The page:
PORTLAND - Fracking was a topic of conversation at a recent Portland Town Board special meeting. The board heard a presentation about hydrofracking by the League of Women Voters which was urging the board to consider a moratorium or even a ban on fracking.
Several members from the LWV spoke out against fracking within the town limits. Karen Harvey said many of the chemical waste ponds due to fracking have found traces methane, arsenic, lead and benzene. She also said there have been traces of radioactive chemicals in landfills.
"Levels of radioactivity have been detected in the landfills in New York state. There is no known way to remove this radioactivity. That is one of our concerns," Harvey said.
Gen Ludemann said the drilling necessary for fracking is noisy and pollutes the air. Drilling produces between 1 and 5 million gallons of water and thousands of tons of sand polluting natural resources. She said there are between 120 to 400 tons of chemicals per well and more than 1,200 trips made by trucks are required; any damage incurred by these trucks is usually the town's responsibility. She referred to a recent chemical spill in Elk River, W.Va., and said "we don't need those type of accidents in Western New York."
Another concern of residents was clean drinking water and fracking disturbing that water supply. Mitch Fitzgibbon, a resident of the town, said he has a spring on his property and works hard to keep the water uncontaminated.
"... So far they have found over thousands of chemicals in fracking water. They haven't passed any determinations about the quality or the toxicity of the water. Every time you make energy, we will screw something up," Fitzgibbon said. "We have to make a choice about which industry is going to have the least impact on our lives and environment. This industry is probably the worst choice we can make."
Audrey Dowling, who also spoke at the meeting, said when private companies come into a municipality to frack, many will bring their own employees and not create new jobs.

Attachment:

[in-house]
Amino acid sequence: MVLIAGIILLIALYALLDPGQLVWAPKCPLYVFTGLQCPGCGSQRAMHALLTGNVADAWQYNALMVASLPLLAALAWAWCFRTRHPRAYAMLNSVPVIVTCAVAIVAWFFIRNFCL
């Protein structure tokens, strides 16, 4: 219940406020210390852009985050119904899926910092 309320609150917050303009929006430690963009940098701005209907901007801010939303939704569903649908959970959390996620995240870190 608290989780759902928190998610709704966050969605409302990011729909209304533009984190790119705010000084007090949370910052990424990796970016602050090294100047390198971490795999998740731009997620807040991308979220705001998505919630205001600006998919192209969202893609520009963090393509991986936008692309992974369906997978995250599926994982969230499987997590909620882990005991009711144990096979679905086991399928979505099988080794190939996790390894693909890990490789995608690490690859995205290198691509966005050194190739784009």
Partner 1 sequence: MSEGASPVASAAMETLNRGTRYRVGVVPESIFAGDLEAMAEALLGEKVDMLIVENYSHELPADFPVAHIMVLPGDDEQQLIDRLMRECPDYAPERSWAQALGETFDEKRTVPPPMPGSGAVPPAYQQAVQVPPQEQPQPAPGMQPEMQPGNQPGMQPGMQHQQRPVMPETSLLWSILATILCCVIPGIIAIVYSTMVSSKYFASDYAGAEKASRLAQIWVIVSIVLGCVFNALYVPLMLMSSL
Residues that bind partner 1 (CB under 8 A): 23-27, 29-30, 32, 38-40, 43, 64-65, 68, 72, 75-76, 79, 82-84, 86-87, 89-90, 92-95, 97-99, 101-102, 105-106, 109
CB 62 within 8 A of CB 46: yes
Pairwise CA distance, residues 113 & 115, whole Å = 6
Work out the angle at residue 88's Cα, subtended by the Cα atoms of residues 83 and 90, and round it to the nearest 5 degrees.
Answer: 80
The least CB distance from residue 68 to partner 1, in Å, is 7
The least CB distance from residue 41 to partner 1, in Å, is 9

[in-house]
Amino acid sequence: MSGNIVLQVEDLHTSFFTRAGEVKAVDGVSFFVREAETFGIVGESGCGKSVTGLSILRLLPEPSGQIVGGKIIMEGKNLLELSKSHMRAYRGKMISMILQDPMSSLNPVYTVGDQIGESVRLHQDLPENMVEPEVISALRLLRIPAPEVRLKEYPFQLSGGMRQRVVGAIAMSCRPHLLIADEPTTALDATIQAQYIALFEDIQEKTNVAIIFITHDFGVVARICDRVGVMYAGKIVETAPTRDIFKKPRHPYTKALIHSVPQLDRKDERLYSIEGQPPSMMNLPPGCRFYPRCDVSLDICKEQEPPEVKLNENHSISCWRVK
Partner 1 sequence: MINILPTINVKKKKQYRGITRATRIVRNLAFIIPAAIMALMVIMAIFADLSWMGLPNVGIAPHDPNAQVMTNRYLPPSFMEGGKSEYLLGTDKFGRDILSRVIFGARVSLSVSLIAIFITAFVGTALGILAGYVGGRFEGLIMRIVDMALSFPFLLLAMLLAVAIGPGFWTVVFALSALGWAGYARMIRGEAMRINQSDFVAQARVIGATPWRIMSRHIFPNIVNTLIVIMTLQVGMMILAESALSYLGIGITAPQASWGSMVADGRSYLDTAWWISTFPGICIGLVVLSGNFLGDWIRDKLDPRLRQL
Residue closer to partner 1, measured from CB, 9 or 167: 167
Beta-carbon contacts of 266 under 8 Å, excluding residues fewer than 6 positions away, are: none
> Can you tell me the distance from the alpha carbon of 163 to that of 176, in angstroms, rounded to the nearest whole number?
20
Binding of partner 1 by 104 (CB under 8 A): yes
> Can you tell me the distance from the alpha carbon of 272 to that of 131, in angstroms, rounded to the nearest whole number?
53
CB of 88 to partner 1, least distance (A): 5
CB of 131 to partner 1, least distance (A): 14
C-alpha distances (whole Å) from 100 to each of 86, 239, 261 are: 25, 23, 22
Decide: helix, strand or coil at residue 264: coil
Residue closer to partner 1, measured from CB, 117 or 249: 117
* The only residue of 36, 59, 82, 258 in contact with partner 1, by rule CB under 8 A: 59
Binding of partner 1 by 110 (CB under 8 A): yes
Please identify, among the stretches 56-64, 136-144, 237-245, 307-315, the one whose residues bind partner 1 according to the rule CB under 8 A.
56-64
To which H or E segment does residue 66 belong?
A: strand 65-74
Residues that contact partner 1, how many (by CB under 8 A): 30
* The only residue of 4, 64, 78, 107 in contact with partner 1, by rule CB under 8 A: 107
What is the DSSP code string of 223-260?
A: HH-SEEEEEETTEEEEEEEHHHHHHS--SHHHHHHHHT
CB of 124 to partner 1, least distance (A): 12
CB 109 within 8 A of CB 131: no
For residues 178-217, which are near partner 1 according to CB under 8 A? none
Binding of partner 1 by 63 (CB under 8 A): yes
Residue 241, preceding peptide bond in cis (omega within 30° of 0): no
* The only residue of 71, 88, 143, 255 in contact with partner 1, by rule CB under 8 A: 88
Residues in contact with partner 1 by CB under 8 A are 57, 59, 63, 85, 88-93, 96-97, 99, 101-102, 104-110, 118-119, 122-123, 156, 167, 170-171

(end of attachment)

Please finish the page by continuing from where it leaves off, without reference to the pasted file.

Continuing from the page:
Fitzgibbon urged the town to pass a moratorium on fracking, citing it is "a darn good idea." He said at the end of a year-long moratorium, the town should consider banning fracking altogether.
All those in attendance were not against fracking. Ernie Rammell who works for a gas company in Westfield said there is currently no hydraulic fracking within the county, but individuals are drilling wells and fracking; there are more than 5,500 wells in Chautauqua County. He said the restrictions for fracking is quite strict. Rammell also commented saying there is no Marcellus Shale of value within the county.
"Every chemical that is used in my fracking operation is reported to the state and the town," Rammell said.
Minda Rae Amiran, a member of the LWV, said the group is not trying to take away business from individuals such as Rammell. She said they are opposed to high-volume deep drilling. Rammell asked the town to only enter in a moratorium for a year for Marcellus Shale and high-volume deep fracking. He also asked the town board to continually do their research on the matter.
Bob Reuther, who works in the natural gas industry, said a lot of the information presented at the meeting was misinformation or inaccurate. He said a lot of fracking research, even by university professors, has been discredited and discounted. He said by discrediting natural gas "shows a complete lack of understanding how much natural gas contributes to this county and municipality." He cited the switch to natural gas for NRG in the city of Dunkirk as one example of the need.
Supervisor Dan Schrantz thanked everyone for attending the meeting. He said the town board will continue to review the matter of fracking and make a decision at a later date.